Applying this dichotomy to the mitzvah of bikkurim, when the Torah commands the farmer to bring his first-fruits to the Temple and prostrate himself, to which type of bowing is it referring - submissiveness or gratitude? Tosefos (Sukkah 47b) writes that while the Kohen waved the bikkurim, the farmer bowed down as a part of the ceremony. Since showing hakaras hatov is one of the central themes of the mitzvah of bikkurim (Chinuch 606), this bowing down is an expression of appreciation.
However, the Vilna Gaon disagrees and writes in Aderes Eliyahu that the farmer's prostration is not an integral component of the bikkurim ceremony, but rather it is due to a separate law which requires a person to bow down before leaving the Bais HaMikdash and departing from the presence of the Shechinah. According to this explanation, the bowing down is a demonstration of subservience.
The Gemora teaches (Eiruvin 13b) that whenever there are legitimate disputing opinions, both are considered valid expressions of Hashem's will. Accordingly, the farmer's prostration when performing the mitzvah of bringing bikkurim to the Temple contains within it aspects of both submission and thanksgiving to Hashem.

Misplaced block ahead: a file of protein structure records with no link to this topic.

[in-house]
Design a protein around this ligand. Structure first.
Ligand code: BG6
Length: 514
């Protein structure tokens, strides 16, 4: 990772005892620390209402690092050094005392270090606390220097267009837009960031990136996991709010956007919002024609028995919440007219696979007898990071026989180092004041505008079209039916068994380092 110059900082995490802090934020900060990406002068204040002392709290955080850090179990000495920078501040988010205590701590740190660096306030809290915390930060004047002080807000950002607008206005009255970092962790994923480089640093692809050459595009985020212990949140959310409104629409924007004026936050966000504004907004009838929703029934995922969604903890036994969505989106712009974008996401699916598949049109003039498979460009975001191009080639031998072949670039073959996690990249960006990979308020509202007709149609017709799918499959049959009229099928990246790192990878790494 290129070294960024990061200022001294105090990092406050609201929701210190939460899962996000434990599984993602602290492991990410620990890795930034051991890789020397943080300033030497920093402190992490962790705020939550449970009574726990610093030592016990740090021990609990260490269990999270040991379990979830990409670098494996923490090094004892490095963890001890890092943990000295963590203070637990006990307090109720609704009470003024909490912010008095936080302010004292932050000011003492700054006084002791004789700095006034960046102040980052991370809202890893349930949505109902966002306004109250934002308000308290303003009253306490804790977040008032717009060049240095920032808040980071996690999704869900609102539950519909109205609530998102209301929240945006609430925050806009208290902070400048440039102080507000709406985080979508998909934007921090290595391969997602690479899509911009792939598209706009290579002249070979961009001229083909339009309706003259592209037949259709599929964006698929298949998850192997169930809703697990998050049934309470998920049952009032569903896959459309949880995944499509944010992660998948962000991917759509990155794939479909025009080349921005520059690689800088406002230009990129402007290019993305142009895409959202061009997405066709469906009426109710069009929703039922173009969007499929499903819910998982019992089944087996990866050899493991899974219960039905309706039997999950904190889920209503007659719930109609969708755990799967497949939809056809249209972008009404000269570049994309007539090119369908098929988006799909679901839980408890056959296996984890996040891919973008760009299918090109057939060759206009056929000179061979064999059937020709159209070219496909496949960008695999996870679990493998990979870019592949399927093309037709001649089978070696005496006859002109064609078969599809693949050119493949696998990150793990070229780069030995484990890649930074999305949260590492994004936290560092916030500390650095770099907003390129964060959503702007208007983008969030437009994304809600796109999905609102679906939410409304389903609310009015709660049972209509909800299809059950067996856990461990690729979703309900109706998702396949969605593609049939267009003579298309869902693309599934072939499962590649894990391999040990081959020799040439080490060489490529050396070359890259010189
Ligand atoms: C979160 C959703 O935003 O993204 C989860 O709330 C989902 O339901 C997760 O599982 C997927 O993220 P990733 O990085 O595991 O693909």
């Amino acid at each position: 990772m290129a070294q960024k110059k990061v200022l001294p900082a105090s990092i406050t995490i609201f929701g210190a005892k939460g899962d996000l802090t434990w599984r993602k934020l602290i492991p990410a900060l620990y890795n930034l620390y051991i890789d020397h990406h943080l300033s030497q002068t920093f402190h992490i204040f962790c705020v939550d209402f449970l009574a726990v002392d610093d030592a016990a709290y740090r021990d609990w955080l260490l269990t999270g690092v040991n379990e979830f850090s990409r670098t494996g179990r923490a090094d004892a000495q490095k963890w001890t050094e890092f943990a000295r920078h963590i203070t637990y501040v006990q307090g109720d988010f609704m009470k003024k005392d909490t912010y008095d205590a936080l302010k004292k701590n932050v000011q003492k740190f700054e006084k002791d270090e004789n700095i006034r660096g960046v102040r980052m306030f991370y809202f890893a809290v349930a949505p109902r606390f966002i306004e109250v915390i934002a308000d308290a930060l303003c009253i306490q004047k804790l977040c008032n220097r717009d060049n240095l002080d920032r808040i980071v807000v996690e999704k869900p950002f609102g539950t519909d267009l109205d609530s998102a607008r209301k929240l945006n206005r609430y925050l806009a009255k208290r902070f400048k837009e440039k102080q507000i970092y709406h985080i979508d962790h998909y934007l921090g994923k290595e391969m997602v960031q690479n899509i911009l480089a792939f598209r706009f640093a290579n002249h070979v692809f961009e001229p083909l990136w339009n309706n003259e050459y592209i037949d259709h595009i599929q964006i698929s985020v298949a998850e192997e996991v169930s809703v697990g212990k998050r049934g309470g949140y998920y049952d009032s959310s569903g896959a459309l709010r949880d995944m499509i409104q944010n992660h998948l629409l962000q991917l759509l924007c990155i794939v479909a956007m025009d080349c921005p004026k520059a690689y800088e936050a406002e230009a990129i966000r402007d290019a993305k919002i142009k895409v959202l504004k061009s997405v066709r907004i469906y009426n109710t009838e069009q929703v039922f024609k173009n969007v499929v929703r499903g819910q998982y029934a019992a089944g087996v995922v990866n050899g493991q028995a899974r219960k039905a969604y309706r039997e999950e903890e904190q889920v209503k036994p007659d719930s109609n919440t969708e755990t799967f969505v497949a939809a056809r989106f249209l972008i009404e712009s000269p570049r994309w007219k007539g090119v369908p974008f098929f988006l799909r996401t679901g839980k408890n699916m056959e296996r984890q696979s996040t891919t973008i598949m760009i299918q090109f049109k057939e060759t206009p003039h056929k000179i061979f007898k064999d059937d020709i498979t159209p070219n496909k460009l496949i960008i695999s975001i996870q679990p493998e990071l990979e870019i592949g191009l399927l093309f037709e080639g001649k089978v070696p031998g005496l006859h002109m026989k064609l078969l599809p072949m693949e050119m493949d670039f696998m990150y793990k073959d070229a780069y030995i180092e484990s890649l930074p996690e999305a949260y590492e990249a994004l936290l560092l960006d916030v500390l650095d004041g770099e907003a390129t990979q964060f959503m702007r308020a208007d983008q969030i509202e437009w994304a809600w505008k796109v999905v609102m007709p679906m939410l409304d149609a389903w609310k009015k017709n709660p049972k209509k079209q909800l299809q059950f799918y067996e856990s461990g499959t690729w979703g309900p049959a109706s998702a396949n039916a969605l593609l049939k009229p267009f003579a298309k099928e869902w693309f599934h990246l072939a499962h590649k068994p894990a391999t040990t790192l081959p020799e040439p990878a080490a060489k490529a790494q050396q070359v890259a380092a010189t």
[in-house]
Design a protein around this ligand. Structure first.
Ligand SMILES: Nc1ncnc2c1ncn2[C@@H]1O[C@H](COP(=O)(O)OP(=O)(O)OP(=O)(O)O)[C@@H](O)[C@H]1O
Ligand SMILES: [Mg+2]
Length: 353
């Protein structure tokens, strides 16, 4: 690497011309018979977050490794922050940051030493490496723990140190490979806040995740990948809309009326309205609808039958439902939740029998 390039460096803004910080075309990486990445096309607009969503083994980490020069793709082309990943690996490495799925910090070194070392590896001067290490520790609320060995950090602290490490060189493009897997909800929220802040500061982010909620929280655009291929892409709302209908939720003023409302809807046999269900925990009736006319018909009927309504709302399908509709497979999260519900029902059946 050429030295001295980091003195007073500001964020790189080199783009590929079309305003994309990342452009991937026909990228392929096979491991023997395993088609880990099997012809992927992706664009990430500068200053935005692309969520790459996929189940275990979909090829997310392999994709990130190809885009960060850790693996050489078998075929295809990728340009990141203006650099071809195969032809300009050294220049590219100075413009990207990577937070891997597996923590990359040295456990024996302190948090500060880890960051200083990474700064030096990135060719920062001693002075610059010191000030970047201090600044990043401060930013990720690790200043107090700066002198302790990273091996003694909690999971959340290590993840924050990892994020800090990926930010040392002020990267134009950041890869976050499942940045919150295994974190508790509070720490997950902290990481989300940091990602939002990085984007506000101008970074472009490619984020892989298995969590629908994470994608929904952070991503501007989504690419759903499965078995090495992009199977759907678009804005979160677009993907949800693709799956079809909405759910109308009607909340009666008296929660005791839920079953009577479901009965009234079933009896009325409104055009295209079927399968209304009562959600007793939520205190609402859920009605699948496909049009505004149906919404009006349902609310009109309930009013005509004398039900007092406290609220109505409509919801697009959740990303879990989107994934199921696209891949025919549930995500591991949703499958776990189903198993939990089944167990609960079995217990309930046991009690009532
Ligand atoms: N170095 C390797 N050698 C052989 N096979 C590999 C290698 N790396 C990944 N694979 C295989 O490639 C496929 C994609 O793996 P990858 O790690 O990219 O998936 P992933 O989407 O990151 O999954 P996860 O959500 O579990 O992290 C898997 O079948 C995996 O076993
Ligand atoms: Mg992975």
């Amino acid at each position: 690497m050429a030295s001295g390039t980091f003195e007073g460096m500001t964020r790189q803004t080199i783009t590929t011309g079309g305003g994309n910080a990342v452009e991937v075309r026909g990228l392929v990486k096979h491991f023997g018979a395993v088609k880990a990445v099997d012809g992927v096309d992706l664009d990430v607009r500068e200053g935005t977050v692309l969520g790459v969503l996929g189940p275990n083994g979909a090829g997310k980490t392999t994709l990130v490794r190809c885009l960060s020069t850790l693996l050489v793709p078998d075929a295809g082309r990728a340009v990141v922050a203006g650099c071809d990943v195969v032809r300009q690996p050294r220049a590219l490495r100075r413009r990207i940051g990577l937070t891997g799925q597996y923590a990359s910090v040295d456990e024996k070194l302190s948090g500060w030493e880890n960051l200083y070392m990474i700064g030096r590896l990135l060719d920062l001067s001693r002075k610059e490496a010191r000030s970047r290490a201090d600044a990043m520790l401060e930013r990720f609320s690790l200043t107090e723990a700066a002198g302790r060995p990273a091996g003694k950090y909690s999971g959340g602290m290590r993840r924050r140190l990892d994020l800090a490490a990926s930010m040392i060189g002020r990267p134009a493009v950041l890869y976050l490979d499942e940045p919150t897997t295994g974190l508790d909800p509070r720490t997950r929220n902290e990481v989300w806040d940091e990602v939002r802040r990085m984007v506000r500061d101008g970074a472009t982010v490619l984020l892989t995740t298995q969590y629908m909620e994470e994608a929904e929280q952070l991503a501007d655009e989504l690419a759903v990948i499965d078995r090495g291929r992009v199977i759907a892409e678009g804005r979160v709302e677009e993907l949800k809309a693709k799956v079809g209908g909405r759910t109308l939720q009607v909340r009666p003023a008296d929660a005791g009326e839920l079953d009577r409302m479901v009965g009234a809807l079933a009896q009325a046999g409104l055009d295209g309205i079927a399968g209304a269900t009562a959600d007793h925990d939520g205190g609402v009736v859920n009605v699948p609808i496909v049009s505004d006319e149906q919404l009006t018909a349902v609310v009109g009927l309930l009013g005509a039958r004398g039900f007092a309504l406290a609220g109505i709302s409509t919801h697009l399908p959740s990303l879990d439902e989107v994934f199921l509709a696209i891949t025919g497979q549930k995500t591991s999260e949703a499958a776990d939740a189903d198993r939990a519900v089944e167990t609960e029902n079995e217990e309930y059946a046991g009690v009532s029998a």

With this introduction, Rav Weiss explains that the Medrash teaches that when Moshe prophetically saw that the ability to perform the mitzvah of bikkurim would be lost when the Bais HaMikdash was destroyed, he was disturbed that we would no longer be able to bow down to Hashem to express our submission and gratitude to Him. Therefore, Moshe enacted that we should instead use the medium of praying Shemoneh Esrei thrice daily as a replacement, since it also offers us the opportunity to bow at the beginning to humbly acknowledge Hashem as our King, and to bow near the end to show our thanks for all that He does for us constantly.
At the end of Parshas Ki Savo, after delivering frightening threats of terrible punishments that would befall the Jewish people if they did not observe the Torah's laws, Moshe told them that even after all of the miracles they had seen and experienced, Hashem had not given them a heart to know, eyes to see, and ears to listen until that day. What suddenly changed at that time? Rashi explains that on that day, Moshe gave a Sefer Torah to the tribe of Levi (31:9), and the other tribes came to him to complain that they had also stood at Har Sinai and received the Torah, and they were worried that perhaps one day in the future, the Levites would claim that Hashem gave the Torah to them and not to the other tribes.